Expressing joy is an essential part of communication. Using bold interjections like “Yay,” “Hooray,” and “Wow” adds excitement to our expressions. Whether celebrating achievements or enjoying moments, these simple words convey happiness and enthusiasm in the easiest English.

Interjections of Surprise:

Interjections of surprise are words or phrases we use to show strong emotions like shock, amazement, or disbelief. These words often pop up in conversation when something unexpected happens.


  • “Wow, that’s amazing!”
  • “Oh my goodness, I can’t believe it!”
  • “Oh no, what a surprise!”

These expressions add emphasis and convey our immediate reactions to surprising situations. They are like verbal reactions that help others understand our feelings quickly.

Interjections of Greeting:

Interjections of greeting are words or expressions used to say hello or welcome someone. They are often short and convey friendliness or acknowledgment.


  • Hello: Used as a common and polite greeting.
  • Hi: Informal way to say hello, often used among friends.
  • Hey: Casual greeting to get someone’s attention or express enthusiasm.
  • Howdy: Informal and friendly way to say hello, commonly used in some regions.
  • Greetings: A formal and somewhat old-fashioned way to say hello.

interjections of greeting are simple expressions used to welcome or acknowledge others, and they include words like “Hello,” “Hi,” “Hey,” “Howdy,” and “Greetings.”

Interjections of Discomfort:

Interjections of Discomfort are words or phrases used to express unease, pain, or displeasure. They are often spontaneous and convey a speaker’s immediate reaction to a situation.


  • Ouch! – Used when you suddenly feel pain, like stubbing your toe.
  • Ugh! – Expresses general disgust or displeasure.
  • Ew! – Indicates strong distaste or aversion to something unpleasant.
  • Yikes! – Shows surprise or discomfort in response to an unexpected or alarming situation.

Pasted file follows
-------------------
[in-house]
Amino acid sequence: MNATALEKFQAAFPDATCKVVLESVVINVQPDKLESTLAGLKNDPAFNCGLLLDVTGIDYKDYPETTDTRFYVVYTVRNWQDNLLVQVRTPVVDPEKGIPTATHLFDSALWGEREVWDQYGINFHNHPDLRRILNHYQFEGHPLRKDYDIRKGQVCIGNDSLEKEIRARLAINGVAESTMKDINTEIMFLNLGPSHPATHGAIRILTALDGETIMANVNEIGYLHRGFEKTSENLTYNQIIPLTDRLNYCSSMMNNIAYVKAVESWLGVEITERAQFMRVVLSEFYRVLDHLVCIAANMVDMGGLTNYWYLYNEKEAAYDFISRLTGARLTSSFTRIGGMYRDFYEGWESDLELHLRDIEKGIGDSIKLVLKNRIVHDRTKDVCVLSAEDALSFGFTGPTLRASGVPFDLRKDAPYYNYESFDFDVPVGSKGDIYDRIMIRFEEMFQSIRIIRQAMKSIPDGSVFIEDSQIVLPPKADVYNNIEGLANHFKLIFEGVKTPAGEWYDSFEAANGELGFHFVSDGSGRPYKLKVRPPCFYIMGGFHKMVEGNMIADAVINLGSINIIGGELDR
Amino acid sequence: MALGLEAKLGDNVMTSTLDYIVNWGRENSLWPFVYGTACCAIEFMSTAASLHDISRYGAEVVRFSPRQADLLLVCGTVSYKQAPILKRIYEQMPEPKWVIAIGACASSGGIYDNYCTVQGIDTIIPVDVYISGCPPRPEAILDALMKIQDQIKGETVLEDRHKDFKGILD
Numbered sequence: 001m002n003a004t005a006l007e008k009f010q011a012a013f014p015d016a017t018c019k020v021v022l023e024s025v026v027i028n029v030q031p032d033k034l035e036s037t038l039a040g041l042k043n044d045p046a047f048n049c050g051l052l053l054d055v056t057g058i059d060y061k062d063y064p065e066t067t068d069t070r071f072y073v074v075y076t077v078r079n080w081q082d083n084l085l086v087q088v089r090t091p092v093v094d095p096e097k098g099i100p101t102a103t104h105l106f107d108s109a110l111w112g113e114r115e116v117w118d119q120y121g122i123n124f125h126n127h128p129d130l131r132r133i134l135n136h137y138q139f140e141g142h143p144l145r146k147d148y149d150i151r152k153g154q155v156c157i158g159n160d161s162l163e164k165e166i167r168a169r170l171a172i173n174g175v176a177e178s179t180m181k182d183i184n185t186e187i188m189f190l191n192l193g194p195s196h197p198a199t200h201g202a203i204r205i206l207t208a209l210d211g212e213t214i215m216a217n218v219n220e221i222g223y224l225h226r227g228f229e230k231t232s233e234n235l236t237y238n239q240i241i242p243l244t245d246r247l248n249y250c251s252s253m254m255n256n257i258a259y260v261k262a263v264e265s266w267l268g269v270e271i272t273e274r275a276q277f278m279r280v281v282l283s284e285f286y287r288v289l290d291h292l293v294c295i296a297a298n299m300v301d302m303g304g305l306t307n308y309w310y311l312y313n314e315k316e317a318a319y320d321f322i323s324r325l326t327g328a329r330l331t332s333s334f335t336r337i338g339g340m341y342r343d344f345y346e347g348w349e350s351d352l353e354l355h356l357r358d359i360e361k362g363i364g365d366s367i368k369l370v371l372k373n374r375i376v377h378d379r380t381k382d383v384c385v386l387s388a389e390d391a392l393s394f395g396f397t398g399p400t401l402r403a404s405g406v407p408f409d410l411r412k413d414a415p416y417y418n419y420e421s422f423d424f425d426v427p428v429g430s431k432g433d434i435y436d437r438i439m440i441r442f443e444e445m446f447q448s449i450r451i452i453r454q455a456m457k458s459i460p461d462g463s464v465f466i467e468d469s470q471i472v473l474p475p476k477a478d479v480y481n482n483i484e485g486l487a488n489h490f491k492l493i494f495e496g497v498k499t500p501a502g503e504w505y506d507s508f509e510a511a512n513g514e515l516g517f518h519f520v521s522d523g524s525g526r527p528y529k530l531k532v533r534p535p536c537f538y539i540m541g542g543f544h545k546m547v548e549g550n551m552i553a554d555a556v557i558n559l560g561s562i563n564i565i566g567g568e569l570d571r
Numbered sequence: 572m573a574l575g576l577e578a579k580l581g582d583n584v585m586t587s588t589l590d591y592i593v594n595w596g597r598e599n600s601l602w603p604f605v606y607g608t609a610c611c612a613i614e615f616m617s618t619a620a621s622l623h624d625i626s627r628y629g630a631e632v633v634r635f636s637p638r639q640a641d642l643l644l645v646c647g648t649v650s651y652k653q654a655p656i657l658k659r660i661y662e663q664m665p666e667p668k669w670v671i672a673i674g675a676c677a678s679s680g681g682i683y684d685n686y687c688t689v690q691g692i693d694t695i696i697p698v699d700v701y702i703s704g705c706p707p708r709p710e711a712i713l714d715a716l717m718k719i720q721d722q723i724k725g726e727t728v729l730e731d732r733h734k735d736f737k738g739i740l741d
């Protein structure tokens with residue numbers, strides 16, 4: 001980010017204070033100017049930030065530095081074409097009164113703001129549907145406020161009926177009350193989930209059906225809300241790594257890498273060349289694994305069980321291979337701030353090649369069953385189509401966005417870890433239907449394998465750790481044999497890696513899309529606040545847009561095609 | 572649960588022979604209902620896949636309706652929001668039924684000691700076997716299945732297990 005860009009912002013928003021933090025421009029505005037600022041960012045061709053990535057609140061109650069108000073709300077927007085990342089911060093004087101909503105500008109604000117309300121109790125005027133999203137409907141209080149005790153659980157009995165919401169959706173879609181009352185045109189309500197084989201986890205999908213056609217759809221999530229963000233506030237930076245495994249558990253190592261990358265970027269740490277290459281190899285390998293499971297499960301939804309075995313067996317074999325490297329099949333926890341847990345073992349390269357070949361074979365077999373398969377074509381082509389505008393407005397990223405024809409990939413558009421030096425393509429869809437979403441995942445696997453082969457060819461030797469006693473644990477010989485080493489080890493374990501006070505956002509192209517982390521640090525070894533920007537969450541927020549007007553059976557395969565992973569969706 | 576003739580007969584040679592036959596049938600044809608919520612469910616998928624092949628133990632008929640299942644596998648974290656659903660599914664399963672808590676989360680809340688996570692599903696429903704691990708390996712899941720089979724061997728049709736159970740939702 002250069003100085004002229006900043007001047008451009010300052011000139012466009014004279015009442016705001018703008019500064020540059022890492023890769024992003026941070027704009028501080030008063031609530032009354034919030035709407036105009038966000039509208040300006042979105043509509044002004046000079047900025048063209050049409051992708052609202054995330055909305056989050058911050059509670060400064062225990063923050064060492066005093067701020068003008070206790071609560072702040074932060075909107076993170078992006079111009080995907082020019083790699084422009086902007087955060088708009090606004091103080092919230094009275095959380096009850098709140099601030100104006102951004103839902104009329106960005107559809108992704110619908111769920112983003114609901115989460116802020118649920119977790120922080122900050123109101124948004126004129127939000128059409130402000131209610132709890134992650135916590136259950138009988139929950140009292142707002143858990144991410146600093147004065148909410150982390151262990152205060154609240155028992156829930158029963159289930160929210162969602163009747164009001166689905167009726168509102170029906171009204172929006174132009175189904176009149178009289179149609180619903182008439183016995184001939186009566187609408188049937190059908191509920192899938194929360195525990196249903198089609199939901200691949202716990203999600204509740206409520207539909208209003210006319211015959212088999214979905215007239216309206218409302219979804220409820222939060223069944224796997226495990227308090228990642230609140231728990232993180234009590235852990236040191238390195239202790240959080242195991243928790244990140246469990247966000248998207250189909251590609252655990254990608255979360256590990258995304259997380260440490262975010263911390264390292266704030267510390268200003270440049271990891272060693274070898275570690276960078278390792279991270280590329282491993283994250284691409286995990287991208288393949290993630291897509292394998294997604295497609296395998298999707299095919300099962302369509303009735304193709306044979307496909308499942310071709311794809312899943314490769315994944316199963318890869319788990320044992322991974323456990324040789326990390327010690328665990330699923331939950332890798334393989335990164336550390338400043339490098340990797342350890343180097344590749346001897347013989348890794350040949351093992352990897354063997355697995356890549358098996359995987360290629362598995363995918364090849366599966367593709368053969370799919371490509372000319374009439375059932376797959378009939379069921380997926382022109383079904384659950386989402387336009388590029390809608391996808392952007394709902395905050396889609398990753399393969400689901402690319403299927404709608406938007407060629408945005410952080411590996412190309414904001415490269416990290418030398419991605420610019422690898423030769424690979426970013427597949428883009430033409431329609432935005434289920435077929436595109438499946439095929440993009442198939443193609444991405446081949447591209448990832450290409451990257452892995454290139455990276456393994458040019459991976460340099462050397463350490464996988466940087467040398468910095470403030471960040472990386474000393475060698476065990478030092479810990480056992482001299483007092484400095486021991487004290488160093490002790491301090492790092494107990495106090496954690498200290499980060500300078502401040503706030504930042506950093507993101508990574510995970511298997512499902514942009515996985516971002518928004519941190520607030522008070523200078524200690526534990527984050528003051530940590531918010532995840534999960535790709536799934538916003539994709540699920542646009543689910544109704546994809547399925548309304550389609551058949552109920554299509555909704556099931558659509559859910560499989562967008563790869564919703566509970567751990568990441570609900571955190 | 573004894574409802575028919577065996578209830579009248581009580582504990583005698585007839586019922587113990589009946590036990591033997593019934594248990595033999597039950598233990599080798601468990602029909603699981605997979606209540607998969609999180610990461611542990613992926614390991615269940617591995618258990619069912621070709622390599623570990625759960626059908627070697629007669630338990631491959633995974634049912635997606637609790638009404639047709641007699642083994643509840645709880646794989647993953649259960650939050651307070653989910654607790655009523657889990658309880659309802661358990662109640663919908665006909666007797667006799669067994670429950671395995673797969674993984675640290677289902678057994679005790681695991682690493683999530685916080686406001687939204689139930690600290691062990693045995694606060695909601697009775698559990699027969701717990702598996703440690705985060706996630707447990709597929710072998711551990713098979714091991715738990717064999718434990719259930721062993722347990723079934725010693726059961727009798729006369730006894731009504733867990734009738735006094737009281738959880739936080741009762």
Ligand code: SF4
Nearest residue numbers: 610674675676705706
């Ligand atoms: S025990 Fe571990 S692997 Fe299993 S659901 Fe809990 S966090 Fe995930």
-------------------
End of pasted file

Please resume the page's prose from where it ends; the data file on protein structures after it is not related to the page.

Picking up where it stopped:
• Oh no! – Conveys a sense of worry or concern about a negative development.

Interjections of discomfort, such as “Ouch,” “Ugh,” “Ew,” “Yikes,” and “Oh no,” are simple expressions used to quickly convey unease, pain, or displeasure in various situations. They provide a direct and immediate way to communicate discomfort without the need for elaborate explanations.

Interjections of Agreement:

Interjections of agreement are words or phrases used to show approval or support in a conversation. These expressions convey positive feelings and agreement with what someone else has said.


  • Wow! That’s a fantastic idea.
  • Great! I agree with you.
  • Exactly! You nailed it.
  • Sure! I’m on board with that plan.
  • Absolutely! Your point makes perfect sense.

Interjections of agreement, like Wow, Great, Exactly, Sure, and Absolutely, express approval and support in a conversation, highlighting agreement with the speaker’s point.

Interjections of Regret:

Interjections of regret are words or phrases that express feelings of sorrow or disappointment. They often convey a sense of wishing something had turned out differently. Here are five examples:


  • Oh no! I left my keys at home.
  • Oops! I spilled my coffee on the new carpet.
  • Alas! I missed the last train.
  • Darn! I burned the dinner.
  • Aww! I broke my favorite mug.

Interjections of regret are expressions used to show sadness or disappointment about something that has happened. They add emotion to our language and help convey our feelings more vividly.

Interjections of Farewell:

Interjections of Farewell are words or phrases we use when saying goodbye to someone. They express our feelings and good wishes as we part ways.


  • Goodbye: The most common way to say farewell.
  • Farewell: A more formal way to say goodbye.
  • See you later: Indicates that you plan to see the person again.
  • Take care: Shows concern for the other person’s well-being.
  • So long: A casual and informal way of saying goodbye.

Interjections of Farewell are expressions we use when we leave someone. They can be formal, like “Farewell,” or casual, like “See you later.” These words convey our good wishes and the hope of meeting again.

Types of Interjection Exercise:

1. What is an interjection?
a. A verb
b. A type of sentence
c. A part of speech
d. A conjunction
2. Which interjection expresses surprise?
a. Oh
b. Hey
c. Hurray
d. Alas
3. Identify the interjection expressing pain or distress:
a. Yippee
b. Ouch,
c. Bravo
d. Eureka
4. Select the interjection used to express joy or excitement:
a. Oops
b. Ah,
c. Yikes
d. Yippee
5. Which of the following is an interjection used to greet someone?
a. Ugh
b. Hooray,
c. Hello
d. Oops
6. Identify the interjection used to express approval or agreement:
a. Well
b. Huh
c. Yay
d. Gosh
7. Choose the interjection that expresses disbelief or shock:
a. Wow
b. Alas
c. Um
d. Phew
8. What is the interjection used to call attention or express surprise?
a. Shh
b. Hey
c. Hmmm,
d. Oops
9. Select the interjection often used to express relief:
a. Yay
b. Phew
c. Oh no
d. Oops
10. Which interjection is used to express regret or sorrow?
a. Yippee
b. Boo
c. Alas
d. Hooray


  1. c. A part of speech
  2. a. Oh
  3. b. Ouch,
  4. d. Yippee
  5. c. Hello,
  6. c. Yay
  7. b. Alas
  8. b. Hey
  9. b. Phew
  10. c. Alas